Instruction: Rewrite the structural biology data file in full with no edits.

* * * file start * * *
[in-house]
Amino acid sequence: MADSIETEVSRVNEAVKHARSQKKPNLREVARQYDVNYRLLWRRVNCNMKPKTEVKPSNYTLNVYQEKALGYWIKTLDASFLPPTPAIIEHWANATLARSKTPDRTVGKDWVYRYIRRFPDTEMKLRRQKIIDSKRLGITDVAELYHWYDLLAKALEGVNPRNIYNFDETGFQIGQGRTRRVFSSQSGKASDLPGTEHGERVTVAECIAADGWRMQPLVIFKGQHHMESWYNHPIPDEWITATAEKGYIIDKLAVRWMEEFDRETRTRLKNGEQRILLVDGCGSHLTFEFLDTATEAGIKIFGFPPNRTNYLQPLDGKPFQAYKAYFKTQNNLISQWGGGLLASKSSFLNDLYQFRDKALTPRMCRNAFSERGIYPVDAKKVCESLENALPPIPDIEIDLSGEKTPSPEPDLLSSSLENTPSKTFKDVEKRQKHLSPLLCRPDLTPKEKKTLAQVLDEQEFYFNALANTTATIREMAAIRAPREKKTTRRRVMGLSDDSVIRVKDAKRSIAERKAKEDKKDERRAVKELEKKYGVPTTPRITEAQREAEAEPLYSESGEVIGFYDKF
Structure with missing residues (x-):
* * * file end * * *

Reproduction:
[in-house]
Amino acid sequence: MADSIETEVSRVNEAVKHARSQKKPNLREVARQYDVNYRLLWRRVNCNMKPKTEVKPSNYTLNVYQEKALGYWIKTLDASFLPPTPAIIEHWANATLARSKTPDRTVGKDWVYRYIRRFPDTEMKLRRQKIIDSKRLGITDVAELYHWYDLLAKALEGVNPRNIYNFDETGFQIGQGRTRRVFSSQSGKASDLPGTEHGERVTVAECIAADGWRMQPLVIFKGQHHMESWYNHPIPDEWITATAEKGYIIDKLAVRWMEEFDRETRTRLKNGEQRILLVDGCGSHLTFEFLDTATEAGIKIFGFPPNRTNYLQPLDGKPFQAYKAYFKTQNNLISQWGGGLLASKSSFLNDLYQFRDKALTPRMCRNAFSERGIYPVDAKKVCESLENALPPIPDIEIDLSGEKTPSPEPDLLSSSLENTPSKTFKDVEKRQKHLSPLLCRPDLTPKEKKTLAQVLDEQEFYFNALANTTATIREMAAIRAPREKKTTRRRVMGLSDDSVIRVKDAKRSIAERKAKEDKKDERRAVKELEKKYGVPTTPRITEAQREAEAEPLYSESGEVIGFYDKF
Structure with missing residues (x-):